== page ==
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In Renovator Notebook, homeowners are opening up about the essentials of their remodeling: how long it really took; how much it actually cost; what went wrong; and what went wonderfully was fortunately worth it in the end. Check out more tips for your next project below @reno_notebook.
Construction year: 1964
Square footage: 80
Highest priority: Build a Scandi-cool cabin kitchen on a tight budget by getting creative with finds from IKEA, Amazon and more.
Paige Kershaw and Jake Hill assumed they would be landlords when they bought their cabin in California’s San Bernardino Mountains in the fall of 2021. In particular, they thought they would be Airbnb hosts. “We looked at it [place] We debated this for a month and talked about how we could turn it into a rental and have another source of income,” Hill recalls. The couple, both graphic designers who were renting an apartment in Newport at the time, purposely bought the cheapest house they could find in the Running Springs area (the property was a steal at $179,000). But once they started spending the weekends in retreat and renovating the 50 square meter interior, they couldn’t imagine giving it up. “Any flaws were easy to ignore given the massive wooden beams, the towering pines that surrounded it, and the views of the Pacific Ocean,” says Kershaw.
After spending two weeks gutting the house, the pair got to work replacing the floor with durable vinyl floorboards, adding a new wood stove, and redoing the entire kitchen for a little under $6,000. (Kershaw’s contractor father helped throughout the process, but for the most part, the couple did all the work themselves.) In the meantime, they relied on a temporary cooking facility that consisted of a freestanding sink with shelves, a Primus grill, and a Mini fridge (although they mostly resorted to the grill outside and a nearby pizzeria if they got hungry).
After fueling up on food, their main priorities were to include an island with seating, open the space up to the living room, and brighten things up with lots of plywood. Budget-friendly was the game’s name for the project, with Hill and Kershaw turning to retailers like IKEA (the island cost $570) and Amazon (the round paper lantern was just $100) when sourcing materials for the space. held. Ahead, in their own words, the couple reveal where they’ve splurged and where they’ve saved on their full-time vacation.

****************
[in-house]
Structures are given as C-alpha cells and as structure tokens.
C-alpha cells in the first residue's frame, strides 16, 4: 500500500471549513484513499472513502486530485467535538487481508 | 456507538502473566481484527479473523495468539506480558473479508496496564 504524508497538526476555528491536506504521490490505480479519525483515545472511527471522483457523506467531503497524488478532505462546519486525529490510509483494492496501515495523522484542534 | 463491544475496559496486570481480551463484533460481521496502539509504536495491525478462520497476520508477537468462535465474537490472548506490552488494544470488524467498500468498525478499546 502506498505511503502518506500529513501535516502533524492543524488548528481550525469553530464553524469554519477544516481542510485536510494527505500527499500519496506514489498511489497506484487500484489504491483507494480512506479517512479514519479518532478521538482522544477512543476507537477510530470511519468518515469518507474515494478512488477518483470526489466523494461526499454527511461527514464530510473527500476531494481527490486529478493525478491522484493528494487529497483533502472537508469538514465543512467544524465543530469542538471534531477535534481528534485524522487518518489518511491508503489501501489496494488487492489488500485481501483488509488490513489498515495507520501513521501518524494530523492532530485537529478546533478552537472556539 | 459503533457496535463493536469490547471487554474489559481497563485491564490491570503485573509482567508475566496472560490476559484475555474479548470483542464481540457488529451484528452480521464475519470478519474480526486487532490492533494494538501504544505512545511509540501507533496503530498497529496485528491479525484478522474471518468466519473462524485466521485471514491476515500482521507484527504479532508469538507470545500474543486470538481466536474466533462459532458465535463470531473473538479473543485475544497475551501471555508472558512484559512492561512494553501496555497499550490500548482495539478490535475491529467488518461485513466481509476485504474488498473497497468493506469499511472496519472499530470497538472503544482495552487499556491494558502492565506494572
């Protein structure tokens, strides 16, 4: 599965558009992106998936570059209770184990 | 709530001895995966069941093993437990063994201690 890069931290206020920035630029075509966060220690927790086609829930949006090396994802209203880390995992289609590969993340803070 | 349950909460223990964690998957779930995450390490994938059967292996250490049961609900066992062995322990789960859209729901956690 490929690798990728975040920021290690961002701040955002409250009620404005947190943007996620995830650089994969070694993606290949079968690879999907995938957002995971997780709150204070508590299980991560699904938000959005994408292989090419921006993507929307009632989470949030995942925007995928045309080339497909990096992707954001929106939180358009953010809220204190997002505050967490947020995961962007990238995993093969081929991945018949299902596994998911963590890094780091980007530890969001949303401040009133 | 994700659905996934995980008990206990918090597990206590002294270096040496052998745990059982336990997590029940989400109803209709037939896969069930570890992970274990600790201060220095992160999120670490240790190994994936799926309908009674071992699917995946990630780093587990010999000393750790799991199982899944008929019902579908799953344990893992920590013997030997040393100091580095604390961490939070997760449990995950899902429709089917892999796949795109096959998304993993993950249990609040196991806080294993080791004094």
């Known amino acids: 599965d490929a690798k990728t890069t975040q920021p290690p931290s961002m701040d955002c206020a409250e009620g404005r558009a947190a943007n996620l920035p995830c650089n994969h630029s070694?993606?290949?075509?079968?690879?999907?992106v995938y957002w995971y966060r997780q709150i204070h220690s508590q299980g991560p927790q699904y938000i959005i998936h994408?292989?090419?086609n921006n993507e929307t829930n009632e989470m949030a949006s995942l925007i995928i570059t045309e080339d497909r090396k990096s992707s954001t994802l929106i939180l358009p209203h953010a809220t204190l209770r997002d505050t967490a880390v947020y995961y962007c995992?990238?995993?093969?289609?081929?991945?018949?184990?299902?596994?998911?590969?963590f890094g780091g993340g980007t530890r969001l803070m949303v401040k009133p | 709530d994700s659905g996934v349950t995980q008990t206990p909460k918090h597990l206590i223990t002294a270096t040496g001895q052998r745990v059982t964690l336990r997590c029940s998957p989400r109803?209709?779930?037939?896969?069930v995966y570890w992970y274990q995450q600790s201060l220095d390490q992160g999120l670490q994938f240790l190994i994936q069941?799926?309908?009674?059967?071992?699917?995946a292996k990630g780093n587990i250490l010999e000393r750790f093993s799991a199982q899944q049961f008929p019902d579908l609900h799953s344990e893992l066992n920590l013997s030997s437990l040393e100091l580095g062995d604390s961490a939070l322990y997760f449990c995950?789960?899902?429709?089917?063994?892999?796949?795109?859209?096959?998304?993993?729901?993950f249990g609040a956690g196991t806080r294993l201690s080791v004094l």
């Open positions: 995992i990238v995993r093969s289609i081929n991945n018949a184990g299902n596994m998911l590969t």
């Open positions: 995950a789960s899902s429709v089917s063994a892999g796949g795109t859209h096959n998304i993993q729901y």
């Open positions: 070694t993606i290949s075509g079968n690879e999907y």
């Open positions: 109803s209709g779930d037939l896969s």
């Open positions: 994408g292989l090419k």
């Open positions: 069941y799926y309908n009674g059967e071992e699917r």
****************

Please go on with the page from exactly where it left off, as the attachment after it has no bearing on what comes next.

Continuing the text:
Splurge: Semi-custom, cabin-chic closets
Jake Hill: I didn’t want to build all the cabinets from scratch because my wood shop was our deck so I was limited on space. We chose IKEA’s Section frames (total price was around $950) because they were the cheapest option with the least amount of hassle. Then I just had to figure out how to make the fronts. Pretty much all of the Baltic birch plywood was sourced from a hardware store in Santa Ana for $768. We went with sheets that already had a finish so we didn’t have to coat them afterwards. The rest was a bunch of messes (and very often doubting myself). I used a rail saw and a special tool called a drill press to carve out the holes for the IKEA hinges. We bought the door hardware from Amazon for $130 – it has a clean, simple look that goes with all the lines in the room.
Save: Counters that are all Stick, No Peel
Hill: The counters are two sheets of plywood glued together and sealed with $120 laminate wrap. The material is strenuous to use: you can apply it once with a roller because it is super sticky and all air bubbles have to be removed when smoothing it out. Luckily it has held up really well.
Paige Kershaw: The black sink is another IKEA product ($286). We had to wait a while before it was back in stock but we liked how it blended into the countertops.
Splurge (but also save): Devices that have survived a few crashes
Kershaw: We reduce costs by finding appliances with scratches and dents, including the kitchen stove and the ready-to-install refrigerator.
Hill: I found the company that sold us the damaged parts by scouring Facebook. It buys stuff from places like Home Depot that has fallen off a truck or been hit with a forklift. Our cooker has a small dent in the front, but the fridge was pretty much spotless save for a scratch, and we knew we were going to cover it with plywood anyway. Both were brand new and would have cost $6,000, but we got them for just under $2,000. We decided not to have a dishwasher and to wash everything by hand.
Splurge: One corner for everything
Kershaw: The best organizational element we have incorporated into the design is our pantry, which cannot be seen when the door is closed. It’s the corner cabinet, and we put a pull-out mechanism (like this one) in there that lets us use the depth.
Hill: The spice rack over the stove and the wine storage were fun projects I wanted to do just to play around with my woodworking skills. I could easily have bought ready made solutions but it was an opportunity for me to play.